Initially, when browsing books to choose from, at our first meeting this title jumped out at me. I adore Jane Austen’s novels and characters so something that has a potential link to her or her works generates a spark of immediate interest.
Confessions of a Jane Austen Addict by Laurie Viera Rigler to be our first read. Being that I work in a library the very next day I checked to see if we had it on hand. Checked out — drats! I decided quickly to purchase the book via Kindle app on my iPad. I couldn’t wait to delve into the plot. The summary had me enticed at what possibilities lay ahead.
Courtney Stone, after suffering humiliation at the hands of her fiance, falls asleep reading a favorite Jane Austen novel and wakes up in bedroom that doesn’t belong to her. In fact, she wakes up to find she is in a different person’s body — in another century! Believing herself in a dream she is indifferent to her predicament.
Quickly the importance of carrying on as who she appears to be, Jane Mansfield, is impressed upon her if she is to survive in this time period. Courtney, while trying to blend in and understand the requirements of the time she is in, also searches for how she can get back to Los Angeles and her own life.
SPOILER — Please do not read further if you plan to read this book!
In the beginning I was intrigued as to how events would unfold and eager to see what Courtney would experience. But I became disappointed with this character. While she proclaimed to be an avid fan of Jane Austen’s works, her actions and thoughts didn’t seem to show it. I imagine that if any of us would somehow be transported to the nineteenth century that, yes, it would be a shock and we would definitely not know how to react to a lot of things. (e.g. dinner customs, phrases of language, bathing, and other hygiene matters) Although how she thought and acted towards men she found attractive, would someone who is “well-versed” in Austen act that way without thinking of what the implications could be? It just struck me as odd.
Another thing was constant comparison of Wes to Charles. Did they have a connection?
Her discussion with the fortune-teller only brought more questions. Was she saying that an identity could be fluid and wherever your focus is at the time is who you are? Had she been Jane all along, as well as Courtney? Since James referenced that Jane “always did talk like that” when it came to rank and people’s station in life according to their family. Along with the stories of Abraham Lincoln and Rosa Parks.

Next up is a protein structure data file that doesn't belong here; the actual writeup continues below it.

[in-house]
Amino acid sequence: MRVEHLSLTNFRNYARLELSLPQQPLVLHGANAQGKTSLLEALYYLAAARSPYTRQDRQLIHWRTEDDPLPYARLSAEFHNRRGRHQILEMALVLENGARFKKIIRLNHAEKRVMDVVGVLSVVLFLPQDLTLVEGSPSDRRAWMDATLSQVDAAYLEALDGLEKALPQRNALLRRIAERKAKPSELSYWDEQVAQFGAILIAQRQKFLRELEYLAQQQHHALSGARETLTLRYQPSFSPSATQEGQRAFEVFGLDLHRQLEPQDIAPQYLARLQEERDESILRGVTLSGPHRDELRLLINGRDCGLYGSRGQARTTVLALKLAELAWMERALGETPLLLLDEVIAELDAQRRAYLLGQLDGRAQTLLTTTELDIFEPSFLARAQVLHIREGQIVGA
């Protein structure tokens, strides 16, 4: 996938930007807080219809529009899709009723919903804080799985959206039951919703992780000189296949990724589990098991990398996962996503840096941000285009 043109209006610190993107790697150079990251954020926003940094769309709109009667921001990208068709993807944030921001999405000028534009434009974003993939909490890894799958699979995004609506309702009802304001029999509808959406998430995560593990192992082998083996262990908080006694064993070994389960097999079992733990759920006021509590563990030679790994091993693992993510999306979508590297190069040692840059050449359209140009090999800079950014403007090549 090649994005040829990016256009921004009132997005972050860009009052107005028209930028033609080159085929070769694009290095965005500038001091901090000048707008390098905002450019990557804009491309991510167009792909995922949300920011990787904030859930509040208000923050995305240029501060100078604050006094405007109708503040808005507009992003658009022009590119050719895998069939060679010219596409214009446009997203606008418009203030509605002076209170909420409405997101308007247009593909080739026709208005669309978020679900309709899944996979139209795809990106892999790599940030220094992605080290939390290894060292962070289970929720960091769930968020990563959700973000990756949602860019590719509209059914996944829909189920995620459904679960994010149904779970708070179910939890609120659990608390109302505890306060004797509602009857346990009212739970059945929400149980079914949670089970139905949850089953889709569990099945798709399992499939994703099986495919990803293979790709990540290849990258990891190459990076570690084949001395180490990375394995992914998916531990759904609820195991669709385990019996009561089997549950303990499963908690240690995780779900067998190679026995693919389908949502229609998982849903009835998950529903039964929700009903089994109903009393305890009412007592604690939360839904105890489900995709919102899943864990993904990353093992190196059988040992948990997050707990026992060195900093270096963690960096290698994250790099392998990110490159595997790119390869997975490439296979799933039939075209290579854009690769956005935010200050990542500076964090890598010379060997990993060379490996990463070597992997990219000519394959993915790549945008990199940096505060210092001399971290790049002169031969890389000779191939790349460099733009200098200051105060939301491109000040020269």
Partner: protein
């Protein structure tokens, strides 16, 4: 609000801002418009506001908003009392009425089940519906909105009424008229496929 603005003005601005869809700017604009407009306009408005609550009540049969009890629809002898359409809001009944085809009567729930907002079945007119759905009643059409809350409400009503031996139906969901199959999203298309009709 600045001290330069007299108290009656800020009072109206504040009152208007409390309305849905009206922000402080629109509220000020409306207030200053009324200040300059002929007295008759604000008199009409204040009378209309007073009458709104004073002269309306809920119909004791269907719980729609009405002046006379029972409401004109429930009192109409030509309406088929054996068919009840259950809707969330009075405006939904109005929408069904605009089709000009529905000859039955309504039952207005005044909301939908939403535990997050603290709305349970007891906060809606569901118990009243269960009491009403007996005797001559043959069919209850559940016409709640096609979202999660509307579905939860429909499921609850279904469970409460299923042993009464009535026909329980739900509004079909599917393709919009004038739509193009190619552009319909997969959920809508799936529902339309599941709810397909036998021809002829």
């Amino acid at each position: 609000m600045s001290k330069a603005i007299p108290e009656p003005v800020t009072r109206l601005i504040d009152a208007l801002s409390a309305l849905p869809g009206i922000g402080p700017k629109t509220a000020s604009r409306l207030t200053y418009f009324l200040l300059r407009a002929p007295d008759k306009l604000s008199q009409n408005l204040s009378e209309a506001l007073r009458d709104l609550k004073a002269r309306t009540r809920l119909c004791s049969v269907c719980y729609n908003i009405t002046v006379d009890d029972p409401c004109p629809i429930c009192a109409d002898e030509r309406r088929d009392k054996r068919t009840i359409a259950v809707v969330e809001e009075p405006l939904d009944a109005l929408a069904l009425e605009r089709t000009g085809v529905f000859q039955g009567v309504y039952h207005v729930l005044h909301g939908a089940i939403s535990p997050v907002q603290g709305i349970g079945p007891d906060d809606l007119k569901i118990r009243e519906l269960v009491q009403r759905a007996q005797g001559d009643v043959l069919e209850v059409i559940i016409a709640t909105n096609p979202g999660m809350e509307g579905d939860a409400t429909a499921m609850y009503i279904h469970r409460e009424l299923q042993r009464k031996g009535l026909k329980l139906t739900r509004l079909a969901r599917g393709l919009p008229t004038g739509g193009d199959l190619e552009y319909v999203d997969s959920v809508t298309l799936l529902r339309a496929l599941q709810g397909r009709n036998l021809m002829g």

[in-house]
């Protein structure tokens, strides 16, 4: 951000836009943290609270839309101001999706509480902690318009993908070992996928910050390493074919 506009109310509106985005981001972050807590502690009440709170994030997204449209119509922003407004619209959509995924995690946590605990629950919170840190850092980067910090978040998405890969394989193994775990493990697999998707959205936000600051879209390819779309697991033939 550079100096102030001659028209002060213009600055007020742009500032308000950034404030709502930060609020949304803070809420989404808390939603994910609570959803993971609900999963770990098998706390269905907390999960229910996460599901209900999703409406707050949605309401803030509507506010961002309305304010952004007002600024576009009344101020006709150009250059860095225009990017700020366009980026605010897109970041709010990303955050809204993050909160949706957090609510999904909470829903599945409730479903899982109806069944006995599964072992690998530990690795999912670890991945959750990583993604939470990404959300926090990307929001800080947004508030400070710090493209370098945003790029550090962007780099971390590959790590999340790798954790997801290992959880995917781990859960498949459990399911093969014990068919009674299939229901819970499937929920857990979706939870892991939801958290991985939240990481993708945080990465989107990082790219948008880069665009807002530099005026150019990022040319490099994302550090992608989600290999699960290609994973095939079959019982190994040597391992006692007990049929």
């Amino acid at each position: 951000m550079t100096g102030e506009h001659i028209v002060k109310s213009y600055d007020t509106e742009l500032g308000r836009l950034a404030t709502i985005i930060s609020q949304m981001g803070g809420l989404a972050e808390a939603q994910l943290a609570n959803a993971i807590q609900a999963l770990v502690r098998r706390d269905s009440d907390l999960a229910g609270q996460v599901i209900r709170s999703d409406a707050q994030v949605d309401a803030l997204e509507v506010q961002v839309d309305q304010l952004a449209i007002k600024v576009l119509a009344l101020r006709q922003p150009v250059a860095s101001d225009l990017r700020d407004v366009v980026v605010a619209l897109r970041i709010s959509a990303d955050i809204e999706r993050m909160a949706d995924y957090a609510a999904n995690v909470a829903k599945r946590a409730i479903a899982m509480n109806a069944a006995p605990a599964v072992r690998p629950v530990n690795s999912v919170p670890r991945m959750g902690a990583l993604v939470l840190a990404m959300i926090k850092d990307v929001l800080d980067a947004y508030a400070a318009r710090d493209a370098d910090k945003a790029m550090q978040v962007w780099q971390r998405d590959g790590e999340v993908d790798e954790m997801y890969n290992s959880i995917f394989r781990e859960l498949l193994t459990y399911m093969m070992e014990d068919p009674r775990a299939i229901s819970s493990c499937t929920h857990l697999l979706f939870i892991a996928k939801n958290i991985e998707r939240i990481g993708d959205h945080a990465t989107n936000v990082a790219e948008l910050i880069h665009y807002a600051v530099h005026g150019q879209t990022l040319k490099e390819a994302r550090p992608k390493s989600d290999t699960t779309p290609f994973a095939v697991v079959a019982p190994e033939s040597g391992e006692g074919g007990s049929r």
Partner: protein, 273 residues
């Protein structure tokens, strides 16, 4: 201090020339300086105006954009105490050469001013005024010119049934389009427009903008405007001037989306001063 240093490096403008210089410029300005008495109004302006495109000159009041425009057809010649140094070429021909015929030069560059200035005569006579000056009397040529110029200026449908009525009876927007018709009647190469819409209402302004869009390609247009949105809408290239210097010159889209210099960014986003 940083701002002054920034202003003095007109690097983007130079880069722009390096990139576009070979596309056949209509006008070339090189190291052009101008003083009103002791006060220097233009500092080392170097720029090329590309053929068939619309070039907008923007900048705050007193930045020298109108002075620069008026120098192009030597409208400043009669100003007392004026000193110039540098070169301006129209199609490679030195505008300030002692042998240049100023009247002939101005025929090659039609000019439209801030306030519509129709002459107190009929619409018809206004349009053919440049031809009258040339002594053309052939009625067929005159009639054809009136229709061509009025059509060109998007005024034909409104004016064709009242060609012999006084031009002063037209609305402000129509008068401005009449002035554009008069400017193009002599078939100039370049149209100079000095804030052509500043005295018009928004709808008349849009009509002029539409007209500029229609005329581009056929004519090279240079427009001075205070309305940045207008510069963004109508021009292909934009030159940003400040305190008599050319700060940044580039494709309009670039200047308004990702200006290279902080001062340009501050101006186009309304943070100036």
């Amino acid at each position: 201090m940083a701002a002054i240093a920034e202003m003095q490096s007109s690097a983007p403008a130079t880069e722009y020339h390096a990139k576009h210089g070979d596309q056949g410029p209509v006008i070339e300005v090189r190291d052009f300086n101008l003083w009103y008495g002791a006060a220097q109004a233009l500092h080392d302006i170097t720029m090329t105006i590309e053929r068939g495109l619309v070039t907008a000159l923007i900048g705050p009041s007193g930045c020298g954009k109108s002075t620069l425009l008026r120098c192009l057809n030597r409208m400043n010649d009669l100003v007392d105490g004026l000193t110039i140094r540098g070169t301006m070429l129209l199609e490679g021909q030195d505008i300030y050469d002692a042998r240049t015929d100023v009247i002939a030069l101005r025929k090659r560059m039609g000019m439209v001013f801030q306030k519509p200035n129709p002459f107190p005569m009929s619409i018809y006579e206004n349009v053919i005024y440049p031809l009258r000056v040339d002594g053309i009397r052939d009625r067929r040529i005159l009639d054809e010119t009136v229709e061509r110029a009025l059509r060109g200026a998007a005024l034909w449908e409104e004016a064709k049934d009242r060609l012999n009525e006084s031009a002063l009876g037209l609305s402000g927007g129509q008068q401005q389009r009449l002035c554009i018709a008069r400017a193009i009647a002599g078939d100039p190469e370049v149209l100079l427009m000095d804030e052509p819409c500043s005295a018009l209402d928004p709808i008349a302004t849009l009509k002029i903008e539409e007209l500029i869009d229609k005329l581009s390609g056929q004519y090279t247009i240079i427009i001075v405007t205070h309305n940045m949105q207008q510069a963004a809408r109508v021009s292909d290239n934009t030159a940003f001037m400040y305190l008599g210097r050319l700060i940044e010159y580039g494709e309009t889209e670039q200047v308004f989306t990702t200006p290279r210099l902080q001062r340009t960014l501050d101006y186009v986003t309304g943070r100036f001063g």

Then there is the diary letter at the end — where she admits to have forgotten most everything. That Charles reminded her that she had “the gift of story” and wanted to hear again the story she told him on their wedding journey. After that, it’s all just a story to her and she mentions her “whispering to me at odd times and telling me her tales.”
I feel that, without a firm explanation given, the ending felt rushed and confusing. I was disappointed to the point where I decided reading the sequel was not on my to-do list. At least not any time soon.
The No Pressure Book Club met Thursday, May 17, at Corner Bakery Cafe to discuss our thoughts about Confessions of a Jane Austen Addict.
After only a few minutes it was apparent we all shared the same opinion.
Although enjoying small points — bathing and hygiene customs — being brought out that might not be thought of while reading Austen novels, we were disappointed in the book. We agreed that the explanation of what happened (or lack-of), especially the ending, seemed as if the words just ran circles around each other and did not make much sense. One of the ladies said that, while reading the ending, she felt the author thought of the readers as stupid due to how she left the ending of the book.
Have you read Confessions of a Jane Austen Addict ? What were your thoughts?
I’m holding out hope that our next title – The Night Circus – I will enjoy more!
I chose a slice of lemon pound cake and brought home a chocolate baby bundt cake for Ken. His won the best treat of the night award in my book.